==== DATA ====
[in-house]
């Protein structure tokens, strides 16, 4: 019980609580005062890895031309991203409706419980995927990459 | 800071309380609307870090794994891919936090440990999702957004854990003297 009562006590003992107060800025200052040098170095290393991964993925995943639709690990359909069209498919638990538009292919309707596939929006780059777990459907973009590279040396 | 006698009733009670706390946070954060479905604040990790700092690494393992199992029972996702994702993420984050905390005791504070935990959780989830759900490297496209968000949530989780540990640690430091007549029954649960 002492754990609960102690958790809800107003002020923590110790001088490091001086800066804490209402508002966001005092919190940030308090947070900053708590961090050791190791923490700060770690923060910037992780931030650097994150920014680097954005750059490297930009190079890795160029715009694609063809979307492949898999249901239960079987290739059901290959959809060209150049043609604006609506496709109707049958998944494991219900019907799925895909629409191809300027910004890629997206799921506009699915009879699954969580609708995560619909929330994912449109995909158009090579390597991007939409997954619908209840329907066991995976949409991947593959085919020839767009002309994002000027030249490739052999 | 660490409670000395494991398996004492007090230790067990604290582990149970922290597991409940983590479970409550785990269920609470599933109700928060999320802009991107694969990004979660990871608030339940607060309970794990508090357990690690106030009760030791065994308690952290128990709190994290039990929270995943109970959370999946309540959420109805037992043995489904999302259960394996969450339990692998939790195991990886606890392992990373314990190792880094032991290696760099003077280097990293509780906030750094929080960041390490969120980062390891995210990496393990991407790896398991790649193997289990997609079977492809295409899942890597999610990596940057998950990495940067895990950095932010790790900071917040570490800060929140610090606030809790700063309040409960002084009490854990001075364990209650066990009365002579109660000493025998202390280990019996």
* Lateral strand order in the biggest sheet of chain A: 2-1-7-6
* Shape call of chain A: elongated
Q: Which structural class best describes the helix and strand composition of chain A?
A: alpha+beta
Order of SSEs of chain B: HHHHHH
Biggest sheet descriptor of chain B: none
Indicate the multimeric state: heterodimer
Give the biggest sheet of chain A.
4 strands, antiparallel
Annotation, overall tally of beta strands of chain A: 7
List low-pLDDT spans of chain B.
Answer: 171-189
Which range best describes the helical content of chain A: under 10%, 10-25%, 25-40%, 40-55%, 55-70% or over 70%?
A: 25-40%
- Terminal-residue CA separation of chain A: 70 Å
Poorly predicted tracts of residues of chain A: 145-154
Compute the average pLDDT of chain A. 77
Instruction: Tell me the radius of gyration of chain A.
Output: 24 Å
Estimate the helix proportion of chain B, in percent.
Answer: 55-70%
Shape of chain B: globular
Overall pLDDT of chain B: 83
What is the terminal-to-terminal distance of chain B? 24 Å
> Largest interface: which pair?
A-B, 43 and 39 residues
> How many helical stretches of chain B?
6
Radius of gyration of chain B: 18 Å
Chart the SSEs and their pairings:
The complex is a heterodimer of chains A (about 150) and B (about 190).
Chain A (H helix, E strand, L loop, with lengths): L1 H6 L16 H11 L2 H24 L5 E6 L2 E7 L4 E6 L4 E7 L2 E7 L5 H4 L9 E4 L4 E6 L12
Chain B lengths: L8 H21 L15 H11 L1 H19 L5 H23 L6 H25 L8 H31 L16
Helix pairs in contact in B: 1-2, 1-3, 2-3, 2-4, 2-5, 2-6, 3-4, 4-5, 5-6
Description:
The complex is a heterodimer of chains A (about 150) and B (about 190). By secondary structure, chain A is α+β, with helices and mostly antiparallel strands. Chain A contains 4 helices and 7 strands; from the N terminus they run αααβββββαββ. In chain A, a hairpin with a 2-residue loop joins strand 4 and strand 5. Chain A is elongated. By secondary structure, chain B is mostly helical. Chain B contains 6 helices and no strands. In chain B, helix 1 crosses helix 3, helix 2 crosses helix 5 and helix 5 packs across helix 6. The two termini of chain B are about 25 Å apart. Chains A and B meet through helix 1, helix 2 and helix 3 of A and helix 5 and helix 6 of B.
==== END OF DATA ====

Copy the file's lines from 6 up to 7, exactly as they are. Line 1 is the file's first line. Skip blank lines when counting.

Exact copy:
A: alpha+beta
Order of SSEs of chain B: HHHHHH